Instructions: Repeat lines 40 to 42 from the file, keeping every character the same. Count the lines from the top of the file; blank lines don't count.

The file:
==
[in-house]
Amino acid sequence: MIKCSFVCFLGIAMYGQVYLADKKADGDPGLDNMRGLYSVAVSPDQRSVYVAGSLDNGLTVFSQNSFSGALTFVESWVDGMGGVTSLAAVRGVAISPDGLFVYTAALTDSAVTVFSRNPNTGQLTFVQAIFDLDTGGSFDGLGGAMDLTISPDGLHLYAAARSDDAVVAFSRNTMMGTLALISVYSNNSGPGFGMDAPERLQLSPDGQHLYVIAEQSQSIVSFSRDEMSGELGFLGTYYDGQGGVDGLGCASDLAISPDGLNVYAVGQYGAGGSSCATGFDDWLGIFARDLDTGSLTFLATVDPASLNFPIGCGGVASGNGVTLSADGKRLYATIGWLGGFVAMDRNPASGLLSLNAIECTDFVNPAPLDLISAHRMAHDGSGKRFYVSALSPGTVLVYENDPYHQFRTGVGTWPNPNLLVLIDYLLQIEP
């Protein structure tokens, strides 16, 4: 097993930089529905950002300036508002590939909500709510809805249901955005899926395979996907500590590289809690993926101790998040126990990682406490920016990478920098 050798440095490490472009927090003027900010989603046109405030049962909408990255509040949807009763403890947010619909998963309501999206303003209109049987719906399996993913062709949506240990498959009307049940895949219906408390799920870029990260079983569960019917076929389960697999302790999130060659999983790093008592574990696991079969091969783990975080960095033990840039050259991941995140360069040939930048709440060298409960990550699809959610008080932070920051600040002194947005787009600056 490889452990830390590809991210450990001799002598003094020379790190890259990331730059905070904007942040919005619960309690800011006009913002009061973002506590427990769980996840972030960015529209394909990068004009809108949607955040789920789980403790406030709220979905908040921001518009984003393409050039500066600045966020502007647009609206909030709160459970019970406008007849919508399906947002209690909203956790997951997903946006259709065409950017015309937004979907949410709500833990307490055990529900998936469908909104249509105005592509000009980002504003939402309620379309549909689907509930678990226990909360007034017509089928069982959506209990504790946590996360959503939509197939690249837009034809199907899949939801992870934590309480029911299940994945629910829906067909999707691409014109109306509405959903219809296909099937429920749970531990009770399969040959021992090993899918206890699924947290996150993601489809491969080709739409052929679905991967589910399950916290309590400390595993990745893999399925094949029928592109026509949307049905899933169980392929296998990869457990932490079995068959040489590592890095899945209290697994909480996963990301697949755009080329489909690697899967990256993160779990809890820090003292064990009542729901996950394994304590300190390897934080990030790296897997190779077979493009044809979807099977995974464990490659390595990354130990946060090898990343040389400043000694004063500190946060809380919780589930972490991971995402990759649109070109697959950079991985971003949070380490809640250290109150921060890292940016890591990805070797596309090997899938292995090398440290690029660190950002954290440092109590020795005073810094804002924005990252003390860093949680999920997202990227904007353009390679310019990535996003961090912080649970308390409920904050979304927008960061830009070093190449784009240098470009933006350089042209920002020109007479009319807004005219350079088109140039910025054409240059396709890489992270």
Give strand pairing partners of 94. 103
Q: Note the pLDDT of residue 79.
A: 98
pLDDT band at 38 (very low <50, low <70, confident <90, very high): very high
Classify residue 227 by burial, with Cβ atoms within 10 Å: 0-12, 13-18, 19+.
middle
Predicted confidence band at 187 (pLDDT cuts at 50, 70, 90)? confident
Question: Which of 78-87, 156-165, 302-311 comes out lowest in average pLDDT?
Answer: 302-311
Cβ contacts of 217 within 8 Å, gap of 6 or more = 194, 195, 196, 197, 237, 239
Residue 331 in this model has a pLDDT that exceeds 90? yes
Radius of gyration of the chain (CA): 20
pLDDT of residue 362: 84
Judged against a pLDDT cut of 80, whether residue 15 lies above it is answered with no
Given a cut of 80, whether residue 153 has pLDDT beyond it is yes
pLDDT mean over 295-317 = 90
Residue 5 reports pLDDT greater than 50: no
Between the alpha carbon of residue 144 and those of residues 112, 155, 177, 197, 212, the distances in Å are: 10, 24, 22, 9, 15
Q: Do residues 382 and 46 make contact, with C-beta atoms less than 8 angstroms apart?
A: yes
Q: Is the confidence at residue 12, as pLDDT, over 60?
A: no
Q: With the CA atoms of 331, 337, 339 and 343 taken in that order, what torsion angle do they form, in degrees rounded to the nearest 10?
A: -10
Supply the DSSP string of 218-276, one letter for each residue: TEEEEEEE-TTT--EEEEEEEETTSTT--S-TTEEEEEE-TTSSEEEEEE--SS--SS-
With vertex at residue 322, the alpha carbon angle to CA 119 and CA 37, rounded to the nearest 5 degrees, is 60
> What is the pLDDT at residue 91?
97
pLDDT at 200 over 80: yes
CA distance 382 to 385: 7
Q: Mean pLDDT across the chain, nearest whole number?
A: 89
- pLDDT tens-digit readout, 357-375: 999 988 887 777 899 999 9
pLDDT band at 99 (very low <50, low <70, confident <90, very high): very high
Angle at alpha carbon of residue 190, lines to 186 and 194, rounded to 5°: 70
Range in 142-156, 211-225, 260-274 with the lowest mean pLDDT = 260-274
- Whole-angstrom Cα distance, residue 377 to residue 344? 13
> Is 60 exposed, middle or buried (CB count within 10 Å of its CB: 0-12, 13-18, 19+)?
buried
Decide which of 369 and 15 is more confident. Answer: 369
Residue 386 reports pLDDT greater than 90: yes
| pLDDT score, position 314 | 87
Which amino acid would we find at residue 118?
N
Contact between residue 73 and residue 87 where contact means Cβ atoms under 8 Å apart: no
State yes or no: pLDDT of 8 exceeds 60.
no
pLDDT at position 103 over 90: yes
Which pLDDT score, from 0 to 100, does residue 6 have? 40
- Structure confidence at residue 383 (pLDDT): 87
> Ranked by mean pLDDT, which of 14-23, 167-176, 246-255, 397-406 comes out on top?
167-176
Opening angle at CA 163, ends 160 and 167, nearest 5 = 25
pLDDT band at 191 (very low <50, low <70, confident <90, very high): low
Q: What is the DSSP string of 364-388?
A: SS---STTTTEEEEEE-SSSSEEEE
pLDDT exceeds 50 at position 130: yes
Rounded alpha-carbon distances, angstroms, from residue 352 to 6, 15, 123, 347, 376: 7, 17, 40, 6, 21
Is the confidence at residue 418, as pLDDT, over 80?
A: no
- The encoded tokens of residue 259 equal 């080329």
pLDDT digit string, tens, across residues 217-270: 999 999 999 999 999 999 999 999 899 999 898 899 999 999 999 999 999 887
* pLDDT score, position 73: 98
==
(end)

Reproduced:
- Whole-angstrom Cα distance, residue 377 to residue 344? 13
> Is 60 exposed, middle or buried (CB count within 10 Å of its CB: 0-12, 13-18, 19+)?
buried